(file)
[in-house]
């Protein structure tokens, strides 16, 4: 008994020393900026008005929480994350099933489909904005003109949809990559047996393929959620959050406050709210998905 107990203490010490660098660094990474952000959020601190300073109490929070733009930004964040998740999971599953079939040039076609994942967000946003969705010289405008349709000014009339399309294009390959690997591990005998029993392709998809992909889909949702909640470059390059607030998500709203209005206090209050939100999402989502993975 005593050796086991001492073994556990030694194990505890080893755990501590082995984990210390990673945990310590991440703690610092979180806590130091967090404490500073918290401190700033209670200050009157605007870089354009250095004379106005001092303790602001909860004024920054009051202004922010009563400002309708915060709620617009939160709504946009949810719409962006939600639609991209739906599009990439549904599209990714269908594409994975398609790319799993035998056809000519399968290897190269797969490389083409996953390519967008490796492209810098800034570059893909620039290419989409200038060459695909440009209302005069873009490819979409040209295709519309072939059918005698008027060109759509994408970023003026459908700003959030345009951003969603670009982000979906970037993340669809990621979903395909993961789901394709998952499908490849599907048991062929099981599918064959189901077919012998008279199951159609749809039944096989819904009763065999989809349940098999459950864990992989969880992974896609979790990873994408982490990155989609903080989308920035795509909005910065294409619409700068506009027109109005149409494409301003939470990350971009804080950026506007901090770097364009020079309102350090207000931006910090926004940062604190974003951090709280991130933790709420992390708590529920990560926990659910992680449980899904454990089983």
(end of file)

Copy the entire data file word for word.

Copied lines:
[in-house]
């Protein structure tokens, strides 16, 4: 008994020393900026008005929480994350099933489909904005003109949809990559047996393929959620959050406050709210998905 107990203490010490660098660094990474952000959020601190300073109490929070733009930004964040998740999971599953079939040039076609994942967000946003969705010289405008349709000014009339399309294009390959690997591990005998029993392709998809992909889909949702909640470059390059607030998500709203209005206090209050939100999402989502993975 005593050796086991001492073994556990030694194990505890080893755990501590082995984990210390990673945990310590991440703690610092979180806590130091967090404490500073918290401190700033209670200050009157605007870089354009250095004379106005001092303790602001909860004024920054009051202004922010009563400002309708915060709620617009939160709504946009949810719409962006939600639609991209739906599009990439549904599209990714269908594409994975398609790319799993035998056809000519399968290897190269797969490389083409996953390519967008490796492209810098800034570059893909620039290419989409200038060459695909440009209302005069873009490819979409040209295709519309072939059918005698008027060109759509994408970023003026459908700003959030345009951003969603670009982000979906970037993340669809990621979903395909993961789901394709998952499908490849599907048991062929099981599918064959189901077919012998008279199951159609749809039944096989819904009763065999989809349940098999459950864990992989969880992974896609979790990873994408982490990155989609903080989308920035795509909005910065294409619409700068506009027109109005149409494409301003939470990350971009804080950026506007901090770097364009020079309102350090207000931006910090926004940062604190974003951090709280991130933790709420992390708590529920990560926990659910992680449980899904454990089983």